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Press release

Research institutes from Bremen install new Arctic deep sea observatory

[10. August 2009] 

Three research institutes from the German federal state Bremen among others have set up an observation ward for the long-term observation of a mud volcano in the Norwegian deep sea. This took place during RV Polarstern’s 24th Arctic expedition from July 10th until August 3rd. The endeavours are part of the project ESONET (European Seas Observatory NETwork), funded by the European Union. Its purposes are to provide information about the dynamics of gas eruptions in the next years and to show the consequences of these eruptions, for example on the biological communities on the seafloor. Another investigation area was the deep sea ecosystem west of Spitsbergen, the so-called “Hausgarten” of the Alfred Wegener Institute for Polar and Marine Research in the Helmholtz...


Press release

Geoscientists from the Alfred Wegener Institute are back from an expedition to the Labrador Sea - Indications for volcanic eruptions in the younger geological history found

[20. July 2009] 

Scientists from the Alfred Wegener Institute have researched the geology of the seabed in the Labrador Sea on board of the research vessel Maria S. Merian. They have studied the so-called Eirik Drift at the southern tip of Greenland, a structure of several hundred kilometres length formed like a ridge. They discovered a submarine mountain (seamount) at the south-western fringe of their area of investigation that indicates volcanic eruptions during the past few million years.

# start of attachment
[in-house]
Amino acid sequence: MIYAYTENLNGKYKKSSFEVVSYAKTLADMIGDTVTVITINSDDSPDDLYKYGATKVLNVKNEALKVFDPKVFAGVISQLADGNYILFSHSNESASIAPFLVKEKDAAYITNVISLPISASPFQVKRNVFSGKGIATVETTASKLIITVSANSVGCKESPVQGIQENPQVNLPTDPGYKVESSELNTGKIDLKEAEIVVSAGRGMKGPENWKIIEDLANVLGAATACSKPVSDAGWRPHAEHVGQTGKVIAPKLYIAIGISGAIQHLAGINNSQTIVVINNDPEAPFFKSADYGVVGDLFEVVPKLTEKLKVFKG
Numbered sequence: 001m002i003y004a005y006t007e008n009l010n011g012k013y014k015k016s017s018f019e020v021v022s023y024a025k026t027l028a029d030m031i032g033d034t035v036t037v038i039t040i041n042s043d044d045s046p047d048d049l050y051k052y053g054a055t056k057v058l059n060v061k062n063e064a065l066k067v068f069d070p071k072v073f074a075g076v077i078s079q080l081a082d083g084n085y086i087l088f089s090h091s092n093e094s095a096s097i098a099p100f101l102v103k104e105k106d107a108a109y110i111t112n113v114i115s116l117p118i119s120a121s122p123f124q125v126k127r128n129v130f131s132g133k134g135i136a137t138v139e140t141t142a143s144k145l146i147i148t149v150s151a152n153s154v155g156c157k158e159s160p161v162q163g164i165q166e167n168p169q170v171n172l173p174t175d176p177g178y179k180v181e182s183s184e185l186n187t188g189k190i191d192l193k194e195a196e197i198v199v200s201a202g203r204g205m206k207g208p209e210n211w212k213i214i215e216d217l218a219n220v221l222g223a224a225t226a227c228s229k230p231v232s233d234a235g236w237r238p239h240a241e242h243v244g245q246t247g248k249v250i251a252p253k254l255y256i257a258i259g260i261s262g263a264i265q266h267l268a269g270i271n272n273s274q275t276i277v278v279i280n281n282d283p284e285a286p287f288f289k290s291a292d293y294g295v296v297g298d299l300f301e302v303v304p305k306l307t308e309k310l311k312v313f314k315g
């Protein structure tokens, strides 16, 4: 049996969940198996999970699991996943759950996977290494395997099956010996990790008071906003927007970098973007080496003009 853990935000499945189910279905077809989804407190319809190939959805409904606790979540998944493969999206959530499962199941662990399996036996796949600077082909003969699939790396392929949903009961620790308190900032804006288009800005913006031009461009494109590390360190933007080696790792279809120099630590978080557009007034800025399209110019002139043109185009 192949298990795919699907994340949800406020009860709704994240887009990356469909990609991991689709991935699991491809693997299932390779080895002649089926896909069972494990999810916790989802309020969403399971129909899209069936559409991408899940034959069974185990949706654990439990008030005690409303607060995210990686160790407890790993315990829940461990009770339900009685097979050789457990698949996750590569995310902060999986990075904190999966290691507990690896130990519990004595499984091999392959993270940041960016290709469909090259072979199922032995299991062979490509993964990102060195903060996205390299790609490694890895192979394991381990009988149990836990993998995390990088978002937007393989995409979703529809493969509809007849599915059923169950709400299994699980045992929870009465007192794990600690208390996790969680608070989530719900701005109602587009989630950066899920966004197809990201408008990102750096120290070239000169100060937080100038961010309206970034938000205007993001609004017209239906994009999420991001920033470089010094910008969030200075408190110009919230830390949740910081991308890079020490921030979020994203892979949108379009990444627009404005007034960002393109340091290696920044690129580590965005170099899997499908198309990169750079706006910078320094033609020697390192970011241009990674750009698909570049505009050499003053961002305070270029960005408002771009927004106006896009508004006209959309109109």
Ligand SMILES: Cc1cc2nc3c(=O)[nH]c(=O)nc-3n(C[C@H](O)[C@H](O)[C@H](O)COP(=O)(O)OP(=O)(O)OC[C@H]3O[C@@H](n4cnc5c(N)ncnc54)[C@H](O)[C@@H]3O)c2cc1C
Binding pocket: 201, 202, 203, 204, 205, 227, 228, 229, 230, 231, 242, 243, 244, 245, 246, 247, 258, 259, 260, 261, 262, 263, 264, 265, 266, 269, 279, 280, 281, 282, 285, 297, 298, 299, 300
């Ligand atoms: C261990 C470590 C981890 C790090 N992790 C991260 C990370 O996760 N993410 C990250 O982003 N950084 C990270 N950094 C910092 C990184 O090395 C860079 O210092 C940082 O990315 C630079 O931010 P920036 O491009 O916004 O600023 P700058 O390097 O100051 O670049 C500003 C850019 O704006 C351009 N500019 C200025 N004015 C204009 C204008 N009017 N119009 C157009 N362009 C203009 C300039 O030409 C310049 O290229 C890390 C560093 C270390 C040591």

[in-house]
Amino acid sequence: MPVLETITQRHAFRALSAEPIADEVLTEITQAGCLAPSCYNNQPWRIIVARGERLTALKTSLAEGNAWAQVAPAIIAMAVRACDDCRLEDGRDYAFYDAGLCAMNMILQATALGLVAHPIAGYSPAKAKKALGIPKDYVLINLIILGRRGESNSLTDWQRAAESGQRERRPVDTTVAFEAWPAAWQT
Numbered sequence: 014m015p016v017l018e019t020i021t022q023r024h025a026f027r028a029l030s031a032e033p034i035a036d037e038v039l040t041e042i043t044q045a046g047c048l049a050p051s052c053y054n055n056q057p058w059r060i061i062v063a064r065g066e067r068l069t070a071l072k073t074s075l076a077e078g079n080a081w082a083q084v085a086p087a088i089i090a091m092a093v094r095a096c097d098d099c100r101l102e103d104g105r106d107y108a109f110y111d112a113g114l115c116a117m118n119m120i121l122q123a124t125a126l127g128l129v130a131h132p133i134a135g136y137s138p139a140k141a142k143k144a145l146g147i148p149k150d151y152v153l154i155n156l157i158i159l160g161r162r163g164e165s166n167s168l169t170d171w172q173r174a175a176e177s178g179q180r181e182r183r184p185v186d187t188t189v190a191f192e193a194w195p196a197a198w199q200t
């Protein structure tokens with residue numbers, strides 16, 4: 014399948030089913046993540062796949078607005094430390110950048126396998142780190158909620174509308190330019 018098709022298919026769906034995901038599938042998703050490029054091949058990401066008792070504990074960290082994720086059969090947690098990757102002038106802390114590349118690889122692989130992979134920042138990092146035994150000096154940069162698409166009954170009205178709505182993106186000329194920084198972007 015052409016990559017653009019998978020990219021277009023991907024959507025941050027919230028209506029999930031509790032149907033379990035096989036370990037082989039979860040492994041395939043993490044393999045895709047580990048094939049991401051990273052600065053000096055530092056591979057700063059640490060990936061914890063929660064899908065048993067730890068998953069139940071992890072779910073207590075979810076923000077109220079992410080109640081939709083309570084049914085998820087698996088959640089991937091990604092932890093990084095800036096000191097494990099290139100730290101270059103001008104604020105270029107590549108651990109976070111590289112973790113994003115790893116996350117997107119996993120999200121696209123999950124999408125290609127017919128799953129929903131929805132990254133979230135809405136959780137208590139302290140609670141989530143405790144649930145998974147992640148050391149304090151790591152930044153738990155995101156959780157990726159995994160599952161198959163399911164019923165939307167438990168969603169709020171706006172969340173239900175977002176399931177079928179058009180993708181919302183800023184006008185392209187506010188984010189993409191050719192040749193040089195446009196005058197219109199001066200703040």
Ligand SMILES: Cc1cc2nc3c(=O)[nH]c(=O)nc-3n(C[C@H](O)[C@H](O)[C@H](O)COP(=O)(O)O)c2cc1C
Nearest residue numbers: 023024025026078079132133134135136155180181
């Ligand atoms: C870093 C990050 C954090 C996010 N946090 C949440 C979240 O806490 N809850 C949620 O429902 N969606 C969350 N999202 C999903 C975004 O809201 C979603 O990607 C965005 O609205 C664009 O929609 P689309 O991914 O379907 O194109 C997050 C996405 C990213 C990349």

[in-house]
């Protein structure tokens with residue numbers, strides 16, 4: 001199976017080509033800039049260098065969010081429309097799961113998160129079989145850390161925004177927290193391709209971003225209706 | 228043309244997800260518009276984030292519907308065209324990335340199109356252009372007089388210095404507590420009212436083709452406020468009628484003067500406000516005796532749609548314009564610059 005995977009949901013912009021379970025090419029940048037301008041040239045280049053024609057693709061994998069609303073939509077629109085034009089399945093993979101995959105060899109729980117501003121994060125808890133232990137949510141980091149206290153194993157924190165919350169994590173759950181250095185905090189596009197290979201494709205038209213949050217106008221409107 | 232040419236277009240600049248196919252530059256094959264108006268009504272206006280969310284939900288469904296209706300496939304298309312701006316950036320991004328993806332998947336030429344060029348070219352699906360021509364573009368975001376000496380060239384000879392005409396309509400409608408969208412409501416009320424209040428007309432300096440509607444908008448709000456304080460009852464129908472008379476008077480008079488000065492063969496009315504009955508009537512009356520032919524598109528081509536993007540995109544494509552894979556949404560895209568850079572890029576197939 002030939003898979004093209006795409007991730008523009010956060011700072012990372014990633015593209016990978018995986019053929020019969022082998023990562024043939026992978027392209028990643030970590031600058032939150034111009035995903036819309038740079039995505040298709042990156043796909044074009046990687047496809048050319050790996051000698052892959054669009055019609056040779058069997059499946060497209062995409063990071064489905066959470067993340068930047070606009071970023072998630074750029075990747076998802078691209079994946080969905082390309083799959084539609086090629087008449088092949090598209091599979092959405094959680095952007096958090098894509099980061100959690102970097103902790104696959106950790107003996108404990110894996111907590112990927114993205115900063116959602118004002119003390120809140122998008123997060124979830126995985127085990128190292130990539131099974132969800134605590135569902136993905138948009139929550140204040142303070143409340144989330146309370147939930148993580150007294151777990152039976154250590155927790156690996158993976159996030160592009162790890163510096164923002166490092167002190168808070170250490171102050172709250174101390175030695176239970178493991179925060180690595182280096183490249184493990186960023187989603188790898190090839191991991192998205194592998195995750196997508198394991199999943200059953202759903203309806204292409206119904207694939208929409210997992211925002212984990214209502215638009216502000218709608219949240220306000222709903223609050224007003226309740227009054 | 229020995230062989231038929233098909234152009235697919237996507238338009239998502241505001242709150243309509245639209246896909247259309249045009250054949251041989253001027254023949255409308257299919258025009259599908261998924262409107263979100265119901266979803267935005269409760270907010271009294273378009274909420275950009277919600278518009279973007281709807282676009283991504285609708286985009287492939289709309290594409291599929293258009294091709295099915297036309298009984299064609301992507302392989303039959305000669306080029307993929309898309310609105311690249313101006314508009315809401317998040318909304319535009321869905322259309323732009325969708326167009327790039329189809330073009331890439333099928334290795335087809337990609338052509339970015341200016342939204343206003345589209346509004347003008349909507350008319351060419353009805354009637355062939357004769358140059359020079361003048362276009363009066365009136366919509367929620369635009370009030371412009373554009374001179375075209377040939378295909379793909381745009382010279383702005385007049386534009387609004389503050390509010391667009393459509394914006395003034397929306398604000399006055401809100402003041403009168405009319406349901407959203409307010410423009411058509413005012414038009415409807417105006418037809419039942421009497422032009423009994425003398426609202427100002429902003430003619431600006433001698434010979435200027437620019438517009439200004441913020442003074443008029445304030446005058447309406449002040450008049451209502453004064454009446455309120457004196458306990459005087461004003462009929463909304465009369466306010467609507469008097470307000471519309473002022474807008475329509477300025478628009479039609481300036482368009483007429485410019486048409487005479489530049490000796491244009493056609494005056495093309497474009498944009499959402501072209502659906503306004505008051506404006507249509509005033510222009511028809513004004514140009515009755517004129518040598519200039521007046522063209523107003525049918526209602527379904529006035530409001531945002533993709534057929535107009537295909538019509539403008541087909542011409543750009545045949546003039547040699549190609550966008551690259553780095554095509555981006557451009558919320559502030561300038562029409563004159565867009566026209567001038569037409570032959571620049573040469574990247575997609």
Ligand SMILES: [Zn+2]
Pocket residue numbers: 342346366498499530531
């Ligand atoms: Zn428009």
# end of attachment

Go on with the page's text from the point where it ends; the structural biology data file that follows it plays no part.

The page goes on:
Press release

All in sight: The Alfred Wegener Institute tests infrared system for the protection of whales

[01. July 2009] 

A new measurement system for the detection of whales is used for the first time on board of the research vessel Polarstern. Whales are usually difficult to spot. Visual sightings by marine mammal observers are therefore usually based on observations of the spout, the condensing and quite warm breathing cloud. It rises, depending on the whale species and wind conditions, between one metre and ten metres over the water surface and remains visible for only a few seconds. A thermal imaging camera specifically optimized for this purpose now uses the heat of this spout. It is employed for the first time during the current expedition of RV Polarstern.


Press release

Why are diatoms so successful? Researchers from the Alfred Wegener Institute find hints to this question in the algae’s evolution.

[26. June 2009] 

Diatoms play a key role in the photosynthesis of the oceans and are therefore intensively studied. Together with international colleagues researchers from the Alfred Wegener Institute have made a new discovery regarding the evolution of diatoms’ photosynthesis. Results are presented in the current issue of the periodical “SCIENCE”.


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